As meens of bringing the Old Ritualist back to what the offical church considers the true church, in 1800, it started the Yedinoverie Movement, when permission ws granted to the Old Belivers to use the old rituals, while being subject tto the authority of the offical church. However, the first synod of its member in 1900 shows that after a histor of a hundred years the movement had not remained true to the old ritual, but used a mixed one. After the decrees metioned above it is hard to see how it may exit today if they are to be taken seriously at all. A visitor to their church in Moscow in 1977 reported that the priest used the new ritual while the people the old. Rev. D Alexandrow mentioned above is a member of this movement. Walter Kolarz in his book Religion in the Soviet Union states: "The Yedinoverie remained a despised branch of the Church, and several bishops considered it rather contemptuously as semi-dissent. Such successes as the Yedinoverie movement had, were mostly due to official backing. Its members were most numerous in the reign of Nicholas I, under whom new discriminatory measures were proclaimed against dissenters. (pp. 147-8)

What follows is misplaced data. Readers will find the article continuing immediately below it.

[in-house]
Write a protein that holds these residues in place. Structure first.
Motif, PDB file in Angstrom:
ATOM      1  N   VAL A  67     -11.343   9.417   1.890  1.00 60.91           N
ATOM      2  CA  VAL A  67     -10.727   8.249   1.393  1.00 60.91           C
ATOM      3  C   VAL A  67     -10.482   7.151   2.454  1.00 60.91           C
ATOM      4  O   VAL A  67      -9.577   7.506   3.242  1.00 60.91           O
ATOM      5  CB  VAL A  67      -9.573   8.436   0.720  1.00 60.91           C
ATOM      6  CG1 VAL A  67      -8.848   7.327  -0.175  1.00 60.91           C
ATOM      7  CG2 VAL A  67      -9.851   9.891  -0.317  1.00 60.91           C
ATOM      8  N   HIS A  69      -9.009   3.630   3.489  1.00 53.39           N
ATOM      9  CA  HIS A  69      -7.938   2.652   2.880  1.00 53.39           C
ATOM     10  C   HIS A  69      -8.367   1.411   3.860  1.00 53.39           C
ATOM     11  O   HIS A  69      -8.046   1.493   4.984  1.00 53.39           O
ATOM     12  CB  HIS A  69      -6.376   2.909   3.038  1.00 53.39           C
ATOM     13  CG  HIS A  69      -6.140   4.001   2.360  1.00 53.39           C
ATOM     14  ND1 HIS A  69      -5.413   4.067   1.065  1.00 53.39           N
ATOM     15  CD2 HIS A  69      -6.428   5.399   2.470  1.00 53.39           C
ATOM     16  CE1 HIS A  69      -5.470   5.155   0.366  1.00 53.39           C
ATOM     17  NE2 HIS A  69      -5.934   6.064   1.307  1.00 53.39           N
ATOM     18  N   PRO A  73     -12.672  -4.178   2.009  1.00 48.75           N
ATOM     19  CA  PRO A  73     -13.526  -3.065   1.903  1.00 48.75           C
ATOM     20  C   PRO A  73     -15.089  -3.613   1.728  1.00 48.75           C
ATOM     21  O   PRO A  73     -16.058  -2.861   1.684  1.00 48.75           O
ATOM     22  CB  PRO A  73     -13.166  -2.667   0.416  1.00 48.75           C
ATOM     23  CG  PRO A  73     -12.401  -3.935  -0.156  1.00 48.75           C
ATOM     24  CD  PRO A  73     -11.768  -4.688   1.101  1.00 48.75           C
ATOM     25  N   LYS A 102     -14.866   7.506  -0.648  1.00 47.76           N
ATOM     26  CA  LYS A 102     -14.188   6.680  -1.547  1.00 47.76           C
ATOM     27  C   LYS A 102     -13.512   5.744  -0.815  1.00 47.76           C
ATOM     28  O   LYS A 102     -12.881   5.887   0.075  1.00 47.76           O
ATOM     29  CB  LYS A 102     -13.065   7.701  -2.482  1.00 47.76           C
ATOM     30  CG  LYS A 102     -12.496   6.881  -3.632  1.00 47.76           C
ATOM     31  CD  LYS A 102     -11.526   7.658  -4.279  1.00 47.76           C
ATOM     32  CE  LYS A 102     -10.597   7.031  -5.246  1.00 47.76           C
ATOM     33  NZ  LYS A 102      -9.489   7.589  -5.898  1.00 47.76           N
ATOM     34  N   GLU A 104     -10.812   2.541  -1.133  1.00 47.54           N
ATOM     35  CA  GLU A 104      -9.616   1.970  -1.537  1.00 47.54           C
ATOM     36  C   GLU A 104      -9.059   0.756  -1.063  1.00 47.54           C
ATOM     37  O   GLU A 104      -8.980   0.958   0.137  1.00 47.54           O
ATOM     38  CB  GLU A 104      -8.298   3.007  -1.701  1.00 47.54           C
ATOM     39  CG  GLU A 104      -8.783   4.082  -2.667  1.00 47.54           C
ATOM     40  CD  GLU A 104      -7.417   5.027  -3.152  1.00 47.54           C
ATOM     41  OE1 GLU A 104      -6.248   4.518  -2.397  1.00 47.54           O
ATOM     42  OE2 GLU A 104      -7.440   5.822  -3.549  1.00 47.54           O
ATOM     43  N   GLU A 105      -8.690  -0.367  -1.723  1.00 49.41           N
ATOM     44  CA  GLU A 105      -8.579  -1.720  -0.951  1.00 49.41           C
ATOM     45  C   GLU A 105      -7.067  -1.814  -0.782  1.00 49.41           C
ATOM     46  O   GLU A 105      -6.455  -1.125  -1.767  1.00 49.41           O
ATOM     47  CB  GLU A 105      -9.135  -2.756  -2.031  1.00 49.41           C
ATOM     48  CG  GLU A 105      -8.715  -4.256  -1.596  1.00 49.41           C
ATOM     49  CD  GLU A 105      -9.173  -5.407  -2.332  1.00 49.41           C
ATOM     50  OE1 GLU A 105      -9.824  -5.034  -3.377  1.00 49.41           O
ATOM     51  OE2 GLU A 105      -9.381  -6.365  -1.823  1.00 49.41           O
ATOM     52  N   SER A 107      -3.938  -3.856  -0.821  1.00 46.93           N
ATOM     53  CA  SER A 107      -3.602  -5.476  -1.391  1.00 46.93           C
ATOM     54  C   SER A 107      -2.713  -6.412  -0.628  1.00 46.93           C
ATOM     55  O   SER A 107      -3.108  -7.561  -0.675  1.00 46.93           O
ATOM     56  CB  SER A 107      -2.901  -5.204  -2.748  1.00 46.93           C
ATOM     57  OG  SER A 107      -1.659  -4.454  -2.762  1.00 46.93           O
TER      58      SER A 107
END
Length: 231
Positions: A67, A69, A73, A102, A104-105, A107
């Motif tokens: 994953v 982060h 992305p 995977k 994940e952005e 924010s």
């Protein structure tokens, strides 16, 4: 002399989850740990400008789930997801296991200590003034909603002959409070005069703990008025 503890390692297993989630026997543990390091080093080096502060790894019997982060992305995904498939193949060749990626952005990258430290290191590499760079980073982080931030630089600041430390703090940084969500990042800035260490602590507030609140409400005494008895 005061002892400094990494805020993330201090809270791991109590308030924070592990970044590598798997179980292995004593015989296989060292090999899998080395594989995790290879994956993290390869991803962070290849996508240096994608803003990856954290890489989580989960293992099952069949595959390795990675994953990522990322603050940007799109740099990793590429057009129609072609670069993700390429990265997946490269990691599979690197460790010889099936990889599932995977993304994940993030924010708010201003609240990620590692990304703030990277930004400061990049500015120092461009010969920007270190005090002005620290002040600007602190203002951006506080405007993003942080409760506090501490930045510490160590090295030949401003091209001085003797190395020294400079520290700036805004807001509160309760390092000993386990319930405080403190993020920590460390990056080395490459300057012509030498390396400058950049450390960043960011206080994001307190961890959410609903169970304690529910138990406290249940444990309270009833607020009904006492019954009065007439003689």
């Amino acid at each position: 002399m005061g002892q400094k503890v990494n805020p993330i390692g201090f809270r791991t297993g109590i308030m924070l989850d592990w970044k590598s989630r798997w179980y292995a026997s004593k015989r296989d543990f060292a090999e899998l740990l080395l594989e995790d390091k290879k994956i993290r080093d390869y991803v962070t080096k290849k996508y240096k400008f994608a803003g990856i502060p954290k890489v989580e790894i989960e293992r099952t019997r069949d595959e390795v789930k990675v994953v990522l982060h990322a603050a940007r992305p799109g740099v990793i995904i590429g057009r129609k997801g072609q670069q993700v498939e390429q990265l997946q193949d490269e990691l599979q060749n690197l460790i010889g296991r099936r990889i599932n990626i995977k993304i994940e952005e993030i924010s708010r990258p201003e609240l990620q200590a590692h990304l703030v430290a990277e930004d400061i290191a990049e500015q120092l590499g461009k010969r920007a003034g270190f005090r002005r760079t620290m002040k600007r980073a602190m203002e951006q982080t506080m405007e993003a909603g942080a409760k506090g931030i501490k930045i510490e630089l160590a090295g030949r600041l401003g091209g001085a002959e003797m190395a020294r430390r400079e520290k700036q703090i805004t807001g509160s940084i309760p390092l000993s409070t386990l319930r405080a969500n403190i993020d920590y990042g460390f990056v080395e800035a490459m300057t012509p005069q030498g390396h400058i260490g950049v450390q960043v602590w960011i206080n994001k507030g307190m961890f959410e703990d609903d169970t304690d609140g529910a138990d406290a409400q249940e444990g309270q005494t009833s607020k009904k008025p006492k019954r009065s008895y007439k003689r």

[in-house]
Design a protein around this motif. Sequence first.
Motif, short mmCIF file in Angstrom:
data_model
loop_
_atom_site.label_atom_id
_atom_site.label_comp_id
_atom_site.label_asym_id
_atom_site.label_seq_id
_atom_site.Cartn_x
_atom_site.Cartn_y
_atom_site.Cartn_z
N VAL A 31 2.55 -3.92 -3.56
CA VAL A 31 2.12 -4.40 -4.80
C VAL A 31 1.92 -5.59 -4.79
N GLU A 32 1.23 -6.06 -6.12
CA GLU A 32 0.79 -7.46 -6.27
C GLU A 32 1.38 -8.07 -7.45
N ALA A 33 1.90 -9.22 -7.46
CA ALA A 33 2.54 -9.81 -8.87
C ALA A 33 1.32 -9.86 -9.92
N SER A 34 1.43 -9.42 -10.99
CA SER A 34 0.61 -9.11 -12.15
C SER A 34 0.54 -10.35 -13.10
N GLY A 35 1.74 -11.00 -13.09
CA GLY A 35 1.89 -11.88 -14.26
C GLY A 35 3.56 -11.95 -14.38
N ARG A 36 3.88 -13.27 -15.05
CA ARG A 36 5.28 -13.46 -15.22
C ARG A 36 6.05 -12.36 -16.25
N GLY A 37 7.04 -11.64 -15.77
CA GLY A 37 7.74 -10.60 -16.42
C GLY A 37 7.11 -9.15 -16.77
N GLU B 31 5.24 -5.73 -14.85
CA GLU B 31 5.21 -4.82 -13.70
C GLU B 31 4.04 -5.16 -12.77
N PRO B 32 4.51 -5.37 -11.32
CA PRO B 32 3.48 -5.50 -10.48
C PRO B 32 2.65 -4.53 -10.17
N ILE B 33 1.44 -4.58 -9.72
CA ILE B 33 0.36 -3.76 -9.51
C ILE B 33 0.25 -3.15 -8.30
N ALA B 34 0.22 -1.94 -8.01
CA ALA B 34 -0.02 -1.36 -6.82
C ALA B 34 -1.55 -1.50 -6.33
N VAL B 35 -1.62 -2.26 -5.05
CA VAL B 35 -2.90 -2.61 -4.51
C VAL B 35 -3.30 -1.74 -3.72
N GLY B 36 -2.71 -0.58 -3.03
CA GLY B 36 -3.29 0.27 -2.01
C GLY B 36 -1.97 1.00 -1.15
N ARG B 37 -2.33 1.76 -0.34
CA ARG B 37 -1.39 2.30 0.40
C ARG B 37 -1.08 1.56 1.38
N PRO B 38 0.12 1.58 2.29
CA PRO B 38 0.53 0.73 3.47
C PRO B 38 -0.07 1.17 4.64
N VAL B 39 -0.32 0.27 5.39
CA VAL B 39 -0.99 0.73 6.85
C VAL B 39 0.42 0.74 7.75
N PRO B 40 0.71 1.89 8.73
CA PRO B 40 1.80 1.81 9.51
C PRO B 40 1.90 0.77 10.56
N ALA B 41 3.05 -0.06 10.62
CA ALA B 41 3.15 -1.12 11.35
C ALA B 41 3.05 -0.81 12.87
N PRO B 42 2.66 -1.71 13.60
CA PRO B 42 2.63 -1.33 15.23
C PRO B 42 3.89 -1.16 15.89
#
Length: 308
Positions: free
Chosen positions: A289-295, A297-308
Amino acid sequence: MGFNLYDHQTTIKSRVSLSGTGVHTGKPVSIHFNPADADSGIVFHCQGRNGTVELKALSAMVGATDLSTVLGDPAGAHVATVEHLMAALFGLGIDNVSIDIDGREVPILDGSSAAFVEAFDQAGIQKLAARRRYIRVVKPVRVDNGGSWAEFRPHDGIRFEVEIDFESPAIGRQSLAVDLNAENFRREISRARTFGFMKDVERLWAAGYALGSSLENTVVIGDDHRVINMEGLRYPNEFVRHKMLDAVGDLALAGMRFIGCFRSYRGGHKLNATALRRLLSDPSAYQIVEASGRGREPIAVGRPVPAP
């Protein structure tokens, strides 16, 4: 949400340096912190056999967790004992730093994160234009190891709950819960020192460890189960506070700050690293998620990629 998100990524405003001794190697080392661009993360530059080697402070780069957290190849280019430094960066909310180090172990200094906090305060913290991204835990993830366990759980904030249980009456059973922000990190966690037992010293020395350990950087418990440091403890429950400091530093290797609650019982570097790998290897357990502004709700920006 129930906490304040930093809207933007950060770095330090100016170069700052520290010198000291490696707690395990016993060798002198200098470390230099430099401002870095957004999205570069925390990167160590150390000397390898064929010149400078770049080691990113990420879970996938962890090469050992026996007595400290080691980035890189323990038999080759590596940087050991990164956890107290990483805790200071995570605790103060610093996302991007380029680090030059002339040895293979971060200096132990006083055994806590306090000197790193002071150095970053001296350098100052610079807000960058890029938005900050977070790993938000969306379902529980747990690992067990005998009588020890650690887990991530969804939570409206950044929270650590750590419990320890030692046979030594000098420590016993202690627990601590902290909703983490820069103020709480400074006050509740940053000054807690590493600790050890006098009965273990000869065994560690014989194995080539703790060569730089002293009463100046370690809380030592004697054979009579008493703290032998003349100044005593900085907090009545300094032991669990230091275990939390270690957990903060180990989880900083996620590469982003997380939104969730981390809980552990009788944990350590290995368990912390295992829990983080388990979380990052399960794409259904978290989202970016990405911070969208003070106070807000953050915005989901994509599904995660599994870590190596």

We might mentioned that in 1869 about three million Old Believers wished formally to unite with the Roman Catholic Church, but it seems that the state and official church prevented this In 1905, however, several did do so and gavve themselves the title: The Russian Old Believers in Communion with the Holy See. This movement did not last long, however.